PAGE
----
August 8, 2007 in City

Night Out celebrates community crime fight

By The Spokesman-Review
 
Christopher Anderson photo

Good neighbors and good food fill the 1100 block of West Ninth Avenue in Spokane on Tuesday evening as part of the National Night Out Against Crime. Parties took place throughout the city.
(Full-size photo)

When a group of North Central neighbors first decided to throw a party for National Night Out Against Crime, Emerson Park was known more for its illegal activity than as a friendly place to gather.

“We decided to do it right here, right where the crime was,” Dave Gunstrom said Tuesday night.

Three years later, the Community Oriented Policing Services shop president held up his cell phone filled with neighbors’ numbers and explained how they keep an eye out for each other. Around him people lined up for barbecue, greeted police by their first names and chatted up local politicians in the clean little park where no one is afraid to call the cops now if something is amiss.

“We all watch out for each other in this neighborhood. We all know each other,” Gunstrom said.

At more than 200 parties across Spokane County, volunteer anti-crime groups gathered Tuesday hoping that similar community camaraderie can help prevent and solve crimes in their neighborhoods.

In the city of Spokane, 102 parties were registered as of Monday afternoon, with 35 at new locations, according to the city’s Neighborhood Services office.

There were also about 100 parties registered in the county outside Spokane, officials said, where the number of Block Watch groups has grown from 500 to about 1,300 in the last four years.

“Awareness of who your neighbors are – that’s something people have lost,” said Kathleen Paris, a COPS volunteer who held one of more than a dozen parties in Hillyard.

By word of mouth and with the help of two large speakers pouring rap music into the street, teenagers, young parents and elderly residents alike gathered where neighbors tended the grill and talked in lawn chairs.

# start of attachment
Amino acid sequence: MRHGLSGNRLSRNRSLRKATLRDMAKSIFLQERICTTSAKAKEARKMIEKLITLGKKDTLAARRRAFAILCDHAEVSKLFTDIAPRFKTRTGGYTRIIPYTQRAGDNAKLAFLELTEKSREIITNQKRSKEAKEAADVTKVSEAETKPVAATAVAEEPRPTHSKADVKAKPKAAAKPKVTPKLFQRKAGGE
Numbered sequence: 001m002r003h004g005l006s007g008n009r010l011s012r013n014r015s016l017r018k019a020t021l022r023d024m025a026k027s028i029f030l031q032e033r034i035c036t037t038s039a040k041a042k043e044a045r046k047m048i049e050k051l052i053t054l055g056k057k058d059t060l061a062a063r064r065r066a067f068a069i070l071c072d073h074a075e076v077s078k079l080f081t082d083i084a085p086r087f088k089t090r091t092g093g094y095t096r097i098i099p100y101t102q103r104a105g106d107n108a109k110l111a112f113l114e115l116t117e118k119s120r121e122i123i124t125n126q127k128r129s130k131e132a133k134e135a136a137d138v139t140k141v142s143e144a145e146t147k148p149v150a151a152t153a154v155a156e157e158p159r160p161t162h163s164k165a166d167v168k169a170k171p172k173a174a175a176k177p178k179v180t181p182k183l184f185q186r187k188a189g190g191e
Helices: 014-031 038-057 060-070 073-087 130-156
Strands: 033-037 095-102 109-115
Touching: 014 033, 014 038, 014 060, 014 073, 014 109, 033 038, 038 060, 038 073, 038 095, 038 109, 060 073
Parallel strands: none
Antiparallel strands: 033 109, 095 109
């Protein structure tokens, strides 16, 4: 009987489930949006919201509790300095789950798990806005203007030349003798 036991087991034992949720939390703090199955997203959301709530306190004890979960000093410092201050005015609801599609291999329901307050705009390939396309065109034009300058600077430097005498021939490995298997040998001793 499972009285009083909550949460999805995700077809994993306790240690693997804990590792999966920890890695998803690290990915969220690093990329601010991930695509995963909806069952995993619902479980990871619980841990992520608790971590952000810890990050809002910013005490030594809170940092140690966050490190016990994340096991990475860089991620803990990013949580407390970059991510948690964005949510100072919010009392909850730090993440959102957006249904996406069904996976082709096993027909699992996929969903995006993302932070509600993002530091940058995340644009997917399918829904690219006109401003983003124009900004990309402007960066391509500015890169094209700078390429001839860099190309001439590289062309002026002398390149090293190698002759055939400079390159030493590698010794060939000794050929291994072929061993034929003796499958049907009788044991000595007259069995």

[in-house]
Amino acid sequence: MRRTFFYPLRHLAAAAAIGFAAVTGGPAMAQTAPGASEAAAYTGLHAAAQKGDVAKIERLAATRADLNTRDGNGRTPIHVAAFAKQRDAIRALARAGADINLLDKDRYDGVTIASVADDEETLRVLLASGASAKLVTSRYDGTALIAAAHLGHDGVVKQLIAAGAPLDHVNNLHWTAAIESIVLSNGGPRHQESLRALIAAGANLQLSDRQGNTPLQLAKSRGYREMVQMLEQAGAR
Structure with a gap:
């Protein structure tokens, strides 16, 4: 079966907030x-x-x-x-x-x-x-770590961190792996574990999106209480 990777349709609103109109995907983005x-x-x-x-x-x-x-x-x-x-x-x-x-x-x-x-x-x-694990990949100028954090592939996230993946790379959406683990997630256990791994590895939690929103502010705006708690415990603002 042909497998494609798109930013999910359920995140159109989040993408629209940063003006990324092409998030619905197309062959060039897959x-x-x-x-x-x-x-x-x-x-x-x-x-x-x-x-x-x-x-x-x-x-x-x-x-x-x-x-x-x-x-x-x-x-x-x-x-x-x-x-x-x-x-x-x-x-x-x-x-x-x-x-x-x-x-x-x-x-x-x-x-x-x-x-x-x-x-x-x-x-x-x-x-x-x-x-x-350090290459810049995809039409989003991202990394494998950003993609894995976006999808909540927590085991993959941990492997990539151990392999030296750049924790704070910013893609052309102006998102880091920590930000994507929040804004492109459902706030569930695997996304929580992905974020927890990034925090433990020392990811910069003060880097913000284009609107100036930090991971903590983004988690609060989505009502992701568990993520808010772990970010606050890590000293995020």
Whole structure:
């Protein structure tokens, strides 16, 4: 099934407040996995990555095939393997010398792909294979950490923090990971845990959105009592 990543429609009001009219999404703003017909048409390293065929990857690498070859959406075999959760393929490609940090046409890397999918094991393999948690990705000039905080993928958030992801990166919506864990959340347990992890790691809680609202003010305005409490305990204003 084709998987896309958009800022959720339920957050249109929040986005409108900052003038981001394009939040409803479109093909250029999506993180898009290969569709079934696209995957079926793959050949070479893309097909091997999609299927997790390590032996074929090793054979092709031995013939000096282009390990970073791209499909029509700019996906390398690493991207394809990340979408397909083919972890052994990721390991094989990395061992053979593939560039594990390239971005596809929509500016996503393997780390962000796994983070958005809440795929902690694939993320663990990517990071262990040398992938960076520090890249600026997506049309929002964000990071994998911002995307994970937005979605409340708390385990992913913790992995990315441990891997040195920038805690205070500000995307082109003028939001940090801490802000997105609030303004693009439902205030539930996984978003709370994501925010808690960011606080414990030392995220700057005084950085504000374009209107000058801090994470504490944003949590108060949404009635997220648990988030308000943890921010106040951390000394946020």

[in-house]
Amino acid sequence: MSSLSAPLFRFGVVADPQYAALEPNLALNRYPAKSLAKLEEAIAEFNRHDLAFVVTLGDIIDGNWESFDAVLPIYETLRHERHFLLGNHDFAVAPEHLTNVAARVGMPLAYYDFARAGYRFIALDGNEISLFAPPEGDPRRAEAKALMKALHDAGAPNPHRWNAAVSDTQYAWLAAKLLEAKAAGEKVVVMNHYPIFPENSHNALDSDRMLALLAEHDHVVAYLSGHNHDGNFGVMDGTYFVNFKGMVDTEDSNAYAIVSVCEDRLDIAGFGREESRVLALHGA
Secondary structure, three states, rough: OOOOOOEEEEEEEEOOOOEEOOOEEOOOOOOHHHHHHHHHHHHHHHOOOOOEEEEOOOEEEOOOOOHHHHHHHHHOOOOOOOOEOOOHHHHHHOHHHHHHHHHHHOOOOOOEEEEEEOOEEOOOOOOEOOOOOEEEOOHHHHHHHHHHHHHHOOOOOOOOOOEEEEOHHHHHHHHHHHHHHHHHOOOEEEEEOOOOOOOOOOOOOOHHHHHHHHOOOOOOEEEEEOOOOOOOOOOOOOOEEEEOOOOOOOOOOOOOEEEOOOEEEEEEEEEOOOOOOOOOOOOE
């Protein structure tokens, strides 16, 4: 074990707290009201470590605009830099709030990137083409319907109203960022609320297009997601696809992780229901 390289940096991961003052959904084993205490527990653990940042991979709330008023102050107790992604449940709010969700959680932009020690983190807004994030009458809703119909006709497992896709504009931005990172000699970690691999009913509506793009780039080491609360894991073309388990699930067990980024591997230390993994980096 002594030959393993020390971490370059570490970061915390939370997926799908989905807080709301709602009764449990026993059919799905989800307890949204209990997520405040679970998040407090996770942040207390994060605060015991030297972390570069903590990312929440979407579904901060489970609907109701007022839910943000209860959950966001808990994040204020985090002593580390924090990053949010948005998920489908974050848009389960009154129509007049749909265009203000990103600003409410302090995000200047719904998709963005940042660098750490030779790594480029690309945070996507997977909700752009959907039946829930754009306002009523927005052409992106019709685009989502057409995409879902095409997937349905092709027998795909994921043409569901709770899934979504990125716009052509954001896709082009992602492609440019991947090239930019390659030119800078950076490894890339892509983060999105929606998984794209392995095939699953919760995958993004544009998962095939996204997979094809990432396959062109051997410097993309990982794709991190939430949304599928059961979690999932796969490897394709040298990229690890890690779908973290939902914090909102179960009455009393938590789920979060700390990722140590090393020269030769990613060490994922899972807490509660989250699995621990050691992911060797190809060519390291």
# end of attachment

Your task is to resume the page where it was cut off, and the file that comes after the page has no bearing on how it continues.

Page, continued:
“You need to know your neighbors,” Paris said. People can prevent property and other crimes when they know who’s supposed to be at what house, she said. On her fence hung a clipboard with contact information for neighbors who could potentially form a Block Watch and keep tabs on one another’s homes.

While she helps people with a number of law enforcement questions at the COPS shop, Paris said she decided to throw the party just to help folks get to know one another better.

A Patsy Cline impersonator, Paris even invited local rap group Airway Crew after performing at the Hillyard Festival just a couple days earlier.

On the South Hill, neighbors on West Ninth Avenue and surrounding blocks gathered in the street with firefighters, police and elected officials after they dropped off dishes to share on makeshift tables as long as a couple of front yards.

In the gentrifying area, what started as occasional potlucks among new neighbors a couple years ago evolved recently into a Block Watch, said Patricia Hansen. Early-morning joggers have reported people painting graffiti in the alleys, people know to watch empty houses when their owners go on vacation, and neighbors know who to call when someone abandons a car on their street.

Last year 35 million people in more than 11,000 communities nationwide and in Canada are said to have participated in National Night Out, which was started 24 years ago by the National Association of Town Watch.

At University Elementary in Spokane Valley, the PTA threw a party this year for the first time.

“We want this to be a safe place where neighbors are looking out for not only school kids, but community kids,” said organizer Allison Larson.

While children wheeled by on their way to learn about bike safety or played on an inflatable slide and bounce house, groups like SCOPE, Valley Partners and Spokane County emergency management offered neighbors advice on how to better their community.


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